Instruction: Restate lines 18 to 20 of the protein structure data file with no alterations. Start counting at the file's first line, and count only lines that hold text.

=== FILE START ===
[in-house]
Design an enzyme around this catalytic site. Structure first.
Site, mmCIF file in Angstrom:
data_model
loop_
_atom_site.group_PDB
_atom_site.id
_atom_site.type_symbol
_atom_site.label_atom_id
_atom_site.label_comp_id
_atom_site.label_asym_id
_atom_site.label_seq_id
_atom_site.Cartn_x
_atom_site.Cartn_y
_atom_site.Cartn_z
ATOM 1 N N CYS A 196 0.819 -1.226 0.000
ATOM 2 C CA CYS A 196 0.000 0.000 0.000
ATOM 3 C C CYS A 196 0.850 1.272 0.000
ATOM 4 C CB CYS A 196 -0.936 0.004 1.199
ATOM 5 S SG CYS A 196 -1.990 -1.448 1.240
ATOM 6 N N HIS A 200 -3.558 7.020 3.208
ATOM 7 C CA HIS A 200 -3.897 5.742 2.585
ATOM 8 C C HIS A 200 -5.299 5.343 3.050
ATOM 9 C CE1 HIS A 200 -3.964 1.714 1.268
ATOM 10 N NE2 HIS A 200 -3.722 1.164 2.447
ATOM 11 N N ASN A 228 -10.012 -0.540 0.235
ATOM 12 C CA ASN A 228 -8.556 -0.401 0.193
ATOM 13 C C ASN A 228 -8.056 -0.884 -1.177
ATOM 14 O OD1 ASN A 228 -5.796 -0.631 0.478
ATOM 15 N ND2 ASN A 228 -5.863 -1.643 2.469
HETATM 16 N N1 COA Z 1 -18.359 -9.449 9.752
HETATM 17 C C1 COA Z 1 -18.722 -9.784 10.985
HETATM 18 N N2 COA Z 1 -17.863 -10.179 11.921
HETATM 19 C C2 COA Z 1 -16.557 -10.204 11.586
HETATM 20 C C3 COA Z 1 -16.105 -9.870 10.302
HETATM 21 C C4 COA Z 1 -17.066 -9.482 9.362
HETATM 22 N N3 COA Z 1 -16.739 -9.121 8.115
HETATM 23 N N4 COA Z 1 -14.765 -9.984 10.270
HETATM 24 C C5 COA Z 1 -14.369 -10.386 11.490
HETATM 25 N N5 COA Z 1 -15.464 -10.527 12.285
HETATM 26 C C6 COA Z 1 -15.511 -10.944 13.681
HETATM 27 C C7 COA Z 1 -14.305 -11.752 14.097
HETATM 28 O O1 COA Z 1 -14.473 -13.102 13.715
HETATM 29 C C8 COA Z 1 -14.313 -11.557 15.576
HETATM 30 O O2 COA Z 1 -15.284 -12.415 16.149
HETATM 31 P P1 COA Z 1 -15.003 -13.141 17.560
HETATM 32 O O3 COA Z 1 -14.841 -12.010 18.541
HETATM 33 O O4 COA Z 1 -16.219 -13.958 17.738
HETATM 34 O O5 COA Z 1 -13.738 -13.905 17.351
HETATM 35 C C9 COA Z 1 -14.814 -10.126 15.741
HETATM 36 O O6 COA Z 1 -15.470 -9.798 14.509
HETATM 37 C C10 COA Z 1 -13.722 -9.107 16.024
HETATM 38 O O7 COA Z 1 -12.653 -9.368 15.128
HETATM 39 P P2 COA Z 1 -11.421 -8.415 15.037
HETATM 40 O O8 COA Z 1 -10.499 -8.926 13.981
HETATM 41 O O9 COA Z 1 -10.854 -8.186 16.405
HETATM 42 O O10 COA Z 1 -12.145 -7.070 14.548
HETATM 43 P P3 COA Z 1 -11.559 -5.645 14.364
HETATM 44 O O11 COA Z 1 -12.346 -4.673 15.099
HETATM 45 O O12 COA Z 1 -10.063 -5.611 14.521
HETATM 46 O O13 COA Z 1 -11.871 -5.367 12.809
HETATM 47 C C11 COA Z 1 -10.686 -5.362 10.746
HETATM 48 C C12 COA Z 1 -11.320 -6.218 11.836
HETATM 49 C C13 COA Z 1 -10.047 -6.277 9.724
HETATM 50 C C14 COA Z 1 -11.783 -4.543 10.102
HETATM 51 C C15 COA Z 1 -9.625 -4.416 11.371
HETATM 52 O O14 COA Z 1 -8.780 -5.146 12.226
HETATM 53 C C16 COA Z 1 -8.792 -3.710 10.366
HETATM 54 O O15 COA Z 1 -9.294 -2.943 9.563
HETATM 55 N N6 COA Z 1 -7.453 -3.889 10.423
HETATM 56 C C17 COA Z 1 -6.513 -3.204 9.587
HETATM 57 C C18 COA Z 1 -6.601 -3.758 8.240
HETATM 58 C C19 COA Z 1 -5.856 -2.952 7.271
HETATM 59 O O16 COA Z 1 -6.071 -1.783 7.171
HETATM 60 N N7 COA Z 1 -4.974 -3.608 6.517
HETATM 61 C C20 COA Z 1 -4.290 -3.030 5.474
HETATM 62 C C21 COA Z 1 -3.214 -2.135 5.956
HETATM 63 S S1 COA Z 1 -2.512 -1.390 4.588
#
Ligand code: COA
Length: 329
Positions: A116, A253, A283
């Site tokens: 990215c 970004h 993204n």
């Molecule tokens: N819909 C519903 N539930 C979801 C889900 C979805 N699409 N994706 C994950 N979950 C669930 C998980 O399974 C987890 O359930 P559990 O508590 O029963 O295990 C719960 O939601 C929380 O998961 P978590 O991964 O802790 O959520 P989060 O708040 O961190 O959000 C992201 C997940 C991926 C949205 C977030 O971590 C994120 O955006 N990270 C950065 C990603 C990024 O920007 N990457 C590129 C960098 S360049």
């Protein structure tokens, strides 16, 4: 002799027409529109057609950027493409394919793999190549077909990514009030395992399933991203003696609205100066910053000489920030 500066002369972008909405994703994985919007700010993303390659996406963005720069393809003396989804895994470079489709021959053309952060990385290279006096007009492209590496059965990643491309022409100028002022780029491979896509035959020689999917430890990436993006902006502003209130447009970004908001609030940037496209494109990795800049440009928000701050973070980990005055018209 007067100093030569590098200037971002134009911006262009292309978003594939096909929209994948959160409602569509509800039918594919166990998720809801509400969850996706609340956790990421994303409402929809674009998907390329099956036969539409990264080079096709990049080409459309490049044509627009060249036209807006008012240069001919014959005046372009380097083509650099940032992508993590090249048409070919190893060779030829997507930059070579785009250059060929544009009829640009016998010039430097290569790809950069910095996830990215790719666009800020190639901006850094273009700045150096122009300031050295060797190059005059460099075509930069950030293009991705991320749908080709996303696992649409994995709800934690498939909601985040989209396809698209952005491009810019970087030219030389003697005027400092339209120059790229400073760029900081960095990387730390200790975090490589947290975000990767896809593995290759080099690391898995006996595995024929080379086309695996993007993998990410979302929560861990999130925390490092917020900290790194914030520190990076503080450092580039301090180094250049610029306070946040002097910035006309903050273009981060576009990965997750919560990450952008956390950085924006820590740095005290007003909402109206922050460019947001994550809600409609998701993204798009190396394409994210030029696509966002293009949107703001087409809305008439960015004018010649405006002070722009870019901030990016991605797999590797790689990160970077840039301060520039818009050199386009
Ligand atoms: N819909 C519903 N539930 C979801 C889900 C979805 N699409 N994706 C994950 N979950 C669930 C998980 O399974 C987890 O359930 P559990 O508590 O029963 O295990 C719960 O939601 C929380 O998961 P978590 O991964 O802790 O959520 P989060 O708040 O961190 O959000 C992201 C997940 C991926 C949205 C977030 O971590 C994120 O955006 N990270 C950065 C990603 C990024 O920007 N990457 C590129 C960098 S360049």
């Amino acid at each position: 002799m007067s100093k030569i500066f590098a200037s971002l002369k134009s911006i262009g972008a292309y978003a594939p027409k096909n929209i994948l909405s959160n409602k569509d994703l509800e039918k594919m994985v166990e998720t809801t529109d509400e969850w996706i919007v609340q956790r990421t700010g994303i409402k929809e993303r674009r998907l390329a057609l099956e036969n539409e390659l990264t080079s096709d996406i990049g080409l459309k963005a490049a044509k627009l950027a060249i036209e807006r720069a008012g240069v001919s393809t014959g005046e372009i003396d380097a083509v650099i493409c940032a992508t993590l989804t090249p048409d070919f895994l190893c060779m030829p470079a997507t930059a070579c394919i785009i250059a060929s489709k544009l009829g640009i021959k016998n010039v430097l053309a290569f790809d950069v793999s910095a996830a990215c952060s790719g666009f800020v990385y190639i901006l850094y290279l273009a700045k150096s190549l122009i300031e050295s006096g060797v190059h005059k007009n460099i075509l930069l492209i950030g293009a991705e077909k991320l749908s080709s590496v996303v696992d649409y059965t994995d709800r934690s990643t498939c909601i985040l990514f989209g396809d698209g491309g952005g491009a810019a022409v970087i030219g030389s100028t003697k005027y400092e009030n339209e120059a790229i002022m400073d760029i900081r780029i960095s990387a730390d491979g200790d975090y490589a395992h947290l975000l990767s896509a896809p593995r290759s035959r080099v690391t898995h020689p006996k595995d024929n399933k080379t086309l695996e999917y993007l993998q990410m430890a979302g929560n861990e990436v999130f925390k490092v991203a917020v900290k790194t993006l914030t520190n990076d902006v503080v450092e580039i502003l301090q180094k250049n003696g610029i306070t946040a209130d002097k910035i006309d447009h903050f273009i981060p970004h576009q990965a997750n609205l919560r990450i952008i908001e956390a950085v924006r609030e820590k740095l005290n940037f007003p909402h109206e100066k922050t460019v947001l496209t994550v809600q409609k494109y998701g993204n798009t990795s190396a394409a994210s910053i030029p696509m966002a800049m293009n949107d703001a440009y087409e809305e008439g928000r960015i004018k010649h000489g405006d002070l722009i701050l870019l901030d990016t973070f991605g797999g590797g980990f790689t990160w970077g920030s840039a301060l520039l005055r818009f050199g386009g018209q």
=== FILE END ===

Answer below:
ATOM 3 C C CYS A 196 0.850 1.272 0.000
ATOM 4 C CB CYS A 196 -0.936 0.004 1.199
ATOM 5 S SG CYS A 196 -1.990 -1.448 1.240